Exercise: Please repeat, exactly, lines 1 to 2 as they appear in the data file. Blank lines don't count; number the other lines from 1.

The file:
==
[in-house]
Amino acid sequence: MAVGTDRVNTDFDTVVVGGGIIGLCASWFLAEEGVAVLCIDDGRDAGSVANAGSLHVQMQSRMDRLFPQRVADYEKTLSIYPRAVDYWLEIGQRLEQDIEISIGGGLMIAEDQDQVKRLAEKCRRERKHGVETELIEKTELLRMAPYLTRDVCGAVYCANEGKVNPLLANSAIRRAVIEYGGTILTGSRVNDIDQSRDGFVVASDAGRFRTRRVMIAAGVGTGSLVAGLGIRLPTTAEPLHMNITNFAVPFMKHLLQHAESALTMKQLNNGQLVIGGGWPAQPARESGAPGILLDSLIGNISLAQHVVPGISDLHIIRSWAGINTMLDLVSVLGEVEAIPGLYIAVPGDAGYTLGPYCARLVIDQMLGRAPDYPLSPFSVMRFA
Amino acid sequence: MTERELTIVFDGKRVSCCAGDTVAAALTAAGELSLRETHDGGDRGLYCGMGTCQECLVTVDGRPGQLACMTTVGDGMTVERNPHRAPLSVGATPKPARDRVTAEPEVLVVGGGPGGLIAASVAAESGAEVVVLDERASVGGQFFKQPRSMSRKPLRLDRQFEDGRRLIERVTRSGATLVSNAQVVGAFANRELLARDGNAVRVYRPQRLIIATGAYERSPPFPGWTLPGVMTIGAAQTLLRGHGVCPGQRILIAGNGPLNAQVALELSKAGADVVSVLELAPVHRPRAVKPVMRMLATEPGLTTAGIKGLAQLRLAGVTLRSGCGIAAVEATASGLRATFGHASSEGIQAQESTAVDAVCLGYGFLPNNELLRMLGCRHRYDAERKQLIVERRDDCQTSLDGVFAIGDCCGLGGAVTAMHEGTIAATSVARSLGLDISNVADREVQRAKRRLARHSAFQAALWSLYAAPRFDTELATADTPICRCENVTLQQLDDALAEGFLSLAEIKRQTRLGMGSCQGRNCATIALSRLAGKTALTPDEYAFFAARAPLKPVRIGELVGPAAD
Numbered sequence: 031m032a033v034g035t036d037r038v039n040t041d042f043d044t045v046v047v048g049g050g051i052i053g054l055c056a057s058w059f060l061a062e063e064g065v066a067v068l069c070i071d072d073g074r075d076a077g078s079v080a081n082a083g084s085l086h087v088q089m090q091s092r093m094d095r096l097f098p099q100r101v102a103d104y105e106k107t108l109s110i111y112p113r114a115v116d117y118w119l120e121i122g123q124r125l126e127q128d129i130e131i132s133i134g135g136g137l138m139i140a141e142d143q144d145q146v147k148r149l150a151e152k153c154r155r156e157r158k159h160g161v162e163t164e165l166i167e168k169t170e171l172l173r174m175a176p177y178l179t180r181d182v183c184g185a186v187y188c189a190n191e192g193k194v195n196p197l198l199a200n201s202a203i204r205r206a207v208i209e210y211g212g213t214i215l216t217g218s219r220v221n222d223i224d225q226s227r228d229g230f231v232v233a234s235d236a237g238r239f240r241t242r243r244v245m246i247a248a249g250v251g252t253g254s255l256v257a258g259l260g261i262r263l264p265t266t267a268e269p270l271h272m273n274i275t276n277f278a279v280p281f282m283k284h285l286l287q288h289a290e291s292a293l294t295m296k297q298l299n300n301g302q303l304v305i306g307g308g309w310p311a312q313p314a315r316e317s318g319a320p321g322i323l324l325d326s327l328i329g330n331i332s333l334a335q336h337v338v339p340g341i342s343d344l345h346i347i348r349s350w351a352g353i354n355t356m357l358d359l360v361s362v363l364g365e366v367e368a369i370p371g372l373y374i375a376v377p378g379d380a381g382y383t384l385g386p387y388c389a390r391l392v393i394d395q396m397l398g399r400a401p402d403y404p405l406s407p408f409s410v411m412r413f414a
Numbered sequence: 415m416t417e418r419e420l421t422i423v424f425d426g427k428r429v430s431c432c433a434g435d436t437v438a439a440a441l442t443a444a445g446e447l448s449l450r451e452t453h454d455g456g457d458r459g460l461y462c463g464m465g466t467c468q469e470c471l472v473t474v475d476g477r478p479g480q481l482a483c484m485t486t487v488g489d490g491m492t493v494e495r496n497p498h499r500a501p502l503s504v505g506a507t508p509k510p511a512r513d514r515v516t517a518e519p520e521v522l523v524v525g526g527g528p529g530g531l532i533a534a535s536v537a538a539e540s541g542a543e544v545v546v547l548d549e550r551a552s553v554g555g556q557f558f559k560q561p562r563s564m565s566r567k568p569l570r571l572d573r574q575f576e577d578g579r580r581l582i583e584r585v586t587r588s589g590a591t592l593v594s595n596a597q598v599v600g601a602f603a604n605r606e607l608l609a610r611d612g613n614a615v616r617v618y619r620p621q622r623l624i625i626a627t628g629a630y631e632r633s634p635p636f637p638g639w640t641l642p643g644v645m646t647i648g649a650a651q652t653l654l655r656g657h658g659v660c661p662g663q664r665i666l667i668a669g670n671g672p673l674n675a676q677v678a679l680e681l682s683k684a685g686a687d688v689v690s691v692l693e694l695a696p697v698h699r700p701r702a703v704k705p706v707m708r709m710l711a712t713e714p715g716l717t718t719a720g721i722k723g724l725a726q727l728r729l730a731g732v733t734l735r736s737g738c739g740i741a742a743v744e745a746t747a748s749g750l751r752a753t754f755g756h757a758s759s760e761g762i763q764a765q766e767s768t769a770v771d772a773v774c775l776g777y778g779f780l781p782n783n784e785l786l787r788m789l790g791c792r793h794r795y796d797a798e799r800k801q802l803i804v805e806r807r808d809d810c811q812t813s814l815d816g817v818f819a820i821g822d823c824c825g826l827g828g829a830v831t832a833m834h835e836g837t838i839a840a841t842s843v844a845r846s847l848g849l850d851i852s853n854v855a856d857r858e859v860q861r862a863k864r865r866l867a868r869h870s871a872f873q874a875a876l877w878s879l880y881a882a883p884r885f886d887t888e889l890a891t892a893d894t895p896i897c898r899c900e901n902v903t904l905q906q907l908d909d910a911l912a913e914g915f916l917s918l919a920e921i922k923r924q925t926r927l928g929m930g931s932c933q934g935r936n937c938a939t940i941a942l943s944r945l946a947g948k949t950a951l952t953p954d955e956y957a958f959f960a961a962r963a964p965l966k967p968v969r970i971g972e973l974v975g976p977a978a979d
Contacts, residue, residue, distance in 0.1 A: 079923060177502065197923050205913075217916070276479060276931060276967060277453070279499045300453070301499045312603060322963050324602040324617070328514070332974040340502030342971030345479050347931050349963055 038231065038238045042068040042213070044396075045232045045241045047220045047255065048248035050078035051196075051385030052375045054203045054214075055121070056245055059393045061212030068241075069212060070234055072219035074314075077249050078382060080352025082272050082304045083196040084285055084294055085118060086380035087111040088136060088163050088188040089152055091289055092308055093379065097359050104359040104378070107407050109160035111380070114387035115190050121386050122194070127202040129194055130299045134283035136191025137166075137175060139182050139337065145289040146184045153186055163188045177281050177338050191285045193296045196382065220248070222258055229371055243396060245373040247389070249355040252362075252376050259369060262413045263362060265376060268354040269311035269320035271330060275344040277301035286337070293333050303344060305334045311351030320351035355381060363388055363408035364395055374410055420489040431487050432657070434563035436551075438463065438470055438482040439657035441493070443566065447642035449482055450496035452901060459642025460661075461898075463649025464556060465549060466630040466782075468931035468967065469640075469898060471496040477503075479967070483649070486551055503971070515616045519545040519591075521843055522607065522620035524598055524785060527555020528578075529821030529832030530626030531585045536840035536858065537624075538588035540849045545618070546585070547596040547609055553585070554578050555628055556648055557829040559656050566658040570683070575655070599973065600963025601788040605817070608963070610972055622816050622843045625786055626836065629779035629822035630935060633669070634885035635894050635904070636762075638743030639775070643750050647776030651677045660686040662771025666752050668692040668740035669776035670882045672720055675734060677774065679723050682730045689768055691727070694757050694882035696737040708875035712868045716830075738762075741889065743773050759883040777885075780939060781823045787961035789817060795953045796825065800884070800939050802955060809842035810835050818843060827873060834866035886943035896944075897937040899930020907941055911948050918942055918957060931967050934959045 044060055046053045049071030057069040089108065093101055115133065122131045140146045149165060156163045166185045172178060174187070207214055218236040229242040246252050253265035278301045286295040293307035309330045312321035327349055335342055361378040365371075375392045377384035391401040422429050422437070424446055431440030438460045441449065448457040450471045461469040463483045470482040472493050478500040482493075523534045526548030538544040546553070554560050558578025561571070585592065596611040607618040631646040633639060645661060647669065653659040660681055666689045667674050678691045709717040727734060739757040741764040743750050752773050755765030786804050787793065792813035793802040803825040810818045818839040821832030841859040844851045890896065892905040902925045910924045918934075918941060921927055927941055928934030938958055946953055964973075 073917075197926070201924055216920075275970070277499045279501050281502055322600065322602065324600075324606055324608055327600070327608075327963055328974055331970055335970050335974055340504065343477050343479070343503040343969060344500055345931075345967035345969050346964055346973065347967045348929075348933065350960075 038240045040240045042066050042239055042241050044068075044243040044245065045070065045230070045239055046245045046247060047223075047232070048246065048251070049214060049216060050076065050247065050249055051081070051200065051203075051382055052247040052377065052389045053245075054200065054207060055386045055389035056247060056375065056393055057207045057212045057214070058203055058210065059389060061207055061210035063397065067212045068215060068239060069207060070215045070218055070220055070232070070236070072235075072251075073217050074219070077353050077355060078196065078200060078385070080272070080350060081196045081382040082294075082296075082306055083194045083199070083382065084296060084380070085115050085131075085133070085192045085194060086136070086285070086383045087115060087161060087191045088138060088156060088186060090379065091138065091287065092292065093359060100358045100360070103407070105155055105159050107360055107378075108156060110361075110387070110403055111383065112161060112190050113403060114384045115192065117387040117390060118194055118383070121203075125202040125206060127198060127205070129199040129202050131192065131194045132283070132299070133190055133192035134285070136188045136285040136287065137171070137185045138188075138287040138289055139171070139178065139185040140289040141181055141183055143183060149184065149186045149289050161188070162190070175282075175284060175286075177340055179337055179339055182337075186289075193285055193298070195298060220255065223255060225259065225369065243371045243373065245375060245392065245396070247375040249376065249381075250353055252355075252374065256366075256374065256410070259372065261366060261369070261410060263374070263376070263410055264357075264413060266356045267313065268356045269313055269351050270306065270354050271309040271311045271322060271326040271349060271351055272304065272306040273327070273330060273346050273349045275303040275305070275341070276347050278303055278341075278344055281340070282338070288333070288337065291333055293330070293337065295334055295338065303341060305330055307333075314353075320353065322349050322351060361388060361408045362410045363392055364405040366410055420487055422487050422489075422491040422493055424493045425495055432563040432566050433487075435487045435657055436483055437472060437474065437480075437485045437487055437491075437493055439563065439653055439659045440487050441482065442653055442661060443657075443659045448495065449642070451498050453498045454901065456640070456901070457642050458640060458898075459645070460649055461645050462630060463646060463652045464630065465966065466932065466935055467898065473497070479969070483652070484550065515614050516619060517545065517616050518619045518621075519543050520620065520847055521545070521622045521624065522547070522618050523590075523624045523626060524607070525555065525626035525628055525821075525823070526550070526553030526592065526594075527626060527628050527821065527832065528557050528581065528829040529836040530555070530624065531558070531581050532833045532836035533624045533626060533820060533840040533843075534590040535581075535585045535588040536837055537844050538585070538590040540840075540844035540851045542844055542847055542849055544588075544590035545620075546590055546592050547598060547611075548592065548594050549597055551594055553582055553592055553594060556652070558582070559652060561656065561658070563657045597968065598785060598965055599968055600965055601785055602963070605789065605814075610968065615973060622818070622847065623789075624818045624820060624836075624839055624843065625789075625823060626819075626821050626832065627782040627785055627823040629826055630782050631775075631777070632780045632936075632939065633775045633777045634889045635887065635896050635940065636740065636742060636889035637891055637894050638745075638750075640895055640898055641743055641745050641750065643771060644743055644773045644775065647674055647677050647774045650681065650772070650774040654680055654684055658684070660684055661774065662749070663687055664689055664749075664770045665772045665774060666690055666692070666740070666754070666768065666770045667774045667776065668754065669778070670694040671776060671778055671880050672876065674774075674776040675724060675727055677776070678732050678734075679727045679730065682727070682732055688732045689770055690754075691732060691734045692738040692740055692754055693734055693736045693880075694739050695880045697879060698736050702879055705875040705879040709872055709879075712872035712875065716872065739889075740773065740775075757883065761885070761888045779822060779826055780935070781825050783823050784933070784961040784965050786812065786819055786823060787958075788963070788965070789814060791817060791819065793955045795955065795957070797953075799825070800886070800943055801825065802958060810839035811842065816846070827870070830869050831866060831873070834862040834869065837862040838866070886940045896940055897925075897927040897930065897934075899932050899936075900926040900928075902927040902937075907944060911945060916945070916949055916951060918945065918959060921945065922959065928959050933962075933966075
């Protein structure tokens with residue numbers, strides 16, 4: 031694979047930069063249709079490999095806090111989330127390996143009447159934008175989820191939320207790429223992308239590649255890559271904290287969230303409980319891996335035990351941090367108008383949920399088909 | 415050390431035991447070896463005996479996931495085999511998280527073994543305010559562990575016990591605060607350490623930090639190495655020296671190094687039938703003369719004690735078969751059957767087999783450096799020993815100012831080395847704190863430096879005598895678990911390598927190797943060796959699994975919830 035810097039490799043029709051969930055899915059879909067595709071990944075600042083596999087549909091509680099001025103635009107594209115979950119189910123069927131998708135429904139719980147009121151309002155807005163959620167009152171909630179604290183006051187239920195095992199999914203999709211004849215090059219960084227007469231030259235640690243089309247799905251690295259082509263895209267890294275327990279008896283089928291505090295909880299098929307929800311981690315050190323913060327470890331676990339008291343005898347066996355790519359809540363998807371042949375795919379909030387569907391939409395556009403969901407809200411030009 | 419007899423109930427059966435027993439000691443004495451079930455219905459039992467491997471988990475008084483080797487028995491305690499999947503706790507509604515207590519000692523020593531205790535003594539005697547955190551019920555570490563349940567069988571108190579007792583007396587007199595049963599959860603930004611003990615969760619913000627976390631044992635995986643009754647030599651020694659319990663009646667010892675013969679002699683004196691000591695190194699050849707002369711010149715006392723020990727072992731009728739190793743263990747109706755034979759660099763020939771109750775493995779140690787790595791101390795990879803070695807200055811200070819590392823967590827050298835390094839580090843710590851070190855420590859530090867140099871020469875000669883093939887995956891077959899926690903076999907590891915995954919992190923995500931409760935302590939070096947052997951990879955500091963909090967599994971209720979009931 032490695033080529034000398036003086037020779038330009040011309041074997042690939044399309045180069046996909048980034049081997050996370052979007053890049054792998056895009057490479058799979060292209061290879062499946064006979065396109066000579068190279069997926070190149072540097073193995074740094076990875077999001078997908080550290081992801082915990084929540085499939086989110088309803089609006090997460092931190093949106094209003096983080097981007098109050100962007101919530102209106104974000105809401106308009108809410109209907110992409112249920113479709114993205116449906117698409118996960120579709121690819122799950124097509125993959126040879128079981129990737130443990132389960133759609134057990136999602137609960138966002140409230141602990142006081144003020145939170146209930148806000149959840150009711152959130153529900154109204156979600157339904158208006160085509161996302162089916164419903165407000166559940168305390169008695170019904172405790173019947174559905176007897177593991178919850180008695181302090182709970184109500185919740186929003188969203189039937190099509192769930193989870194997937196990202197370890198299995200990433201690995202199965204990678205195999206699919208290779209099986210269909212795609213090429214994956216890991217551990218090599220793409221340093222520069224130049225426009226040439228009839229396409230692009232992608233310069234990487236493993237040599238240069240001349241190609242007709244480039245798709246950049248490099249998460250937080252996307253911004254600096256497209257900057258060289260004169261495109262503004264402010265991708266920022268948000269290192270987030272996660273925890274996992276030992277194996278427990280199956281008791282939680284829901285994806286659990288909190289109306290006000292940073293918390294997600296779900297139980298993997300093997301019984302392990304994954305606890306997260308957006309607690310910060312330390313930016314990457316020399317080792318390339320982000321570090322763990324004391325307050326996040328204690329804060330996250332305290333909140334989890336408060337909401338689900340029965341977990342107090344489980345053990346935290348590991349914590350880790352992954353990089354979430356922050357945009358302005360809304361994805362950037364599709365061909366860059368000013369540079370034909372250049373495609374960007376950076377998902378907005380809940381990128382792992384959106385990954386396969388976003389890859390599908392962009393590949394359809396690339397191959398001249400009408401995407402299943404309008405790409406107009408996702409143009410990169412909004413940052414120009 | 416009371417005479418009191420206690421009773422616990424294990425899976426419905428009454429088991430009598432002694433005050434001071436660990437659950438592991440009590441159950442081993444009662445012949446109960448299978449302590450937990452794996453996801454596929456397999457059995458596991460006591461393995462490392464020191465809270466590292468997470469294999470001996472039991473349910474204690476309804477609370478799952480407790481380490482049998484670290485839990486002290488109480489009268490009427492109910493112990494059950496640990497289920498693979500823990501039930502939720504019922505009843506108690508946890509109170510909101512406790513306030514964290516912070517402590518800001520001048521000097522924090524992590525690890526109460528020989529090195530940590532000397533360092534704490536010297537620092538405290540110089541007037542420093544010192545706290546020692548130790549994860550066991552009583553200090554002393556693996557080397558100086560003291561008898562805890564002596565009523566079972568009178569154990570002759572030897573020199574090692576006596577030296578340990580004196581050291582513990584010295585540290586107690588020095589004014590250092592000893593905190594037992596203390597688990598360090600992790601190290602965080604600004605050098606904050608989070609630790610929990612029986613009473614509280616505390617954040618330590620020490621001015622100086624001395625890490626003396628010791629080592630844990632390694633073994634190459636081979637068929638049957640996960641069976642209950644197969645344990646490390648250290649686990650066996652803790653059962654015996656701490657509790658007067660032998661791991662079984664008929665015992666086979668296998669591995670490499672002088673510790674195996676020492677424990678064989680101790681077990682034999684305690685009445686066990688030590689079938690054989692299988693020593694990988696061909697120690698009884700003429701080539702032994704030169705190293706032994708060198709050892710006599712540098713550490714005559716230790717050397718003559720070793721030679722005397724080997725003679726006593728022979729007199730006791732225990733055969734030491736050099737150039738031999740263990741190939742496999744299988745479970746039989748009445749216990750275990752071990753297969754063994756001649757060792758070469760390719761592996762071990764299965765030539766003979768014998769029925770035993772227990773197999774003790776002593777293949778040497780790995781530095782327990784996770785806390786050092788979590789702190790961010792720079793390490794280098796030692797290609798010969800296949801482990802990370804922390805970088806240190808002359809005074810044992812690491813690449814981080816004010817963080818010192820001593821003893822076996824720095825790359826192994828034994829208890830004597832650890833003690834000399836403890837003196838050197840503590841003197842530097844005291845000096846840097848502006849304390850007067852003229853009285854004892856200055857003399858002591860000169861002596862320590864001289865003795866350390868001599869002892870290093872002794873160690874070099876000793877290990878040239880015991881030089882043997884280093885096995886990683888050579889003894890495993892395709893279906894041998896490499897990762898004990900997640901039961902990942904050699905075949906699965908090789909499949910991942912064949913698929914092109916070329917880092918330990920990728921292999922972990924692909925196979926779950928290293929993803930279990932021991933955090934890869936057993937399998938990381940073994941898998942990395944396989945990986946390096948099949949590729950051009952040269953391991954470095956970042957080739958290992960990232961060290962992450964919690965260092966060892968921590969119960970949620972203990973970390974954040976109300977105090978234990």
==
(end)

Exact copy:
[in-house]
Amino acid sequence: MAVGTDRVNTDFDTVVVGGGIIGLCASWFLAEEGVAVLCIDDGRDAGSVANAGSLHVQMQSRMDRLFPQRVADYEKTLSIYPRAVDYWLEIGQRLEQDIEISIGGGLMIAEDQDQVKRLAEKCRRERKHGVETELIEKTELLRMAPYLTRDVCGAVYCANEGKVNPLLANSAIRRAVIEYGGTILTGSRVNDIDQSRDGFVVASDAGRFRTRRVMIAAGVGTGSLVAGLGIRLPTTAEPLHMNITNFAVPFMKHLLQHAESALTMKQLNNGQLVIGGGWPAQPARESGAPGILLDSLIGNISLAQHVVPGISDLHIIRSWAGINTMLDLVSVLGEVEAIPGLYIAVPGDAGYTLGPYCARLVIDQMLGRAPDYPLSPFSVMRFA